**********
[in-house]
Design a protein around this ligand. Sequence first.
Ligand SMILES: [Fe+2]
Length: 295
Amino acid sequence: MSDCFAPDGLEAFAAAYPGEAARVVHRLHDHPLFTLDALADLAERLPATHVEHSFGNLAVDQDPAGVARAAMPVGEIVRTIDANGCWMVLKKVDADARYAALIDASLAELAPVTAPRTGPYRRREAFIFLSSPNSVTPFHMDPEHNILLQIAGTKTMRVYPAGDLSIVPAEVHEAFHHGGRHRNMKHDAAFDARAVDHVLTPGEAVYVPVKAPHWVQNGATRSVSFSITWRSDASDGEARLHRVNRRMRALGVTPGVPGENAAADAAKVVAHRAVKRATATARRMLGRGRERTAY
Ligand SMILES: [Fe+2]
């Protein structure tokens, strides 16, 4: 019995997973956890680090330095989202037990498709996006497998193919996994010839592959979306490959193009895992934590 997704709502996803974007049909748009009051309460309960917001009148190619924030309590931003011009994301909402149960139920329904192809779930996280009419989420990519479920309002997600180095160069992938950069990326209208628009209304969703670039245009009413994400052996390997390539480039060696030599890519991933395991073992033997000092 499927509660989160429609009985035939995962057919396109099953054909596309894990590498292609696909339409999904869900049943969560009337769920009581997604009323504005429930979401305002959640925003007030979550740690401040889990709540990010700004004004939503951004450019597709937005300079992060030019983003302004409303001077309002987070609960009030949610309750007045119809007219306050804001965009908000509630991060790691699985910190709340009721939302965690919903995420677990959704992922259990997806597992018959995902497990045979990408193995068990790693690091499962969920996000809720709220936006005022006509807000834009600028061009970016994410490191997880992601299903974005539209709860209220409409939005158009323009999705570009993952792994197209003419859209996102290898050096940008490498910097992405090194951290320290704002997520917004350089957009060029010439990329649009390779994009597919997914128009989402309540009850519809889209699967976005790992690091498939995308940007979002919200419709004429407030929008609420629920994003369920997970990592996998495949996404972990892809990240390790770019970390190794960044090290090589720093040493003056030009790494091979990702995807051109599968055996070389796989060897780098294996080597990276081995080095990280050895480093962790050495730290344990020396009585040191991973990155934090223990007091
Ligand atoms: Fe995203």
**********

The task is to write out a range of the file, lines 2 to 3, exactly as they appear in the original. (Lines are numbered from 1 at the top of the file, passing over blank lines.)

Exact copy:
Design a protein around this ligand. Sequence first.
Ligand SMILES: [Fe+2]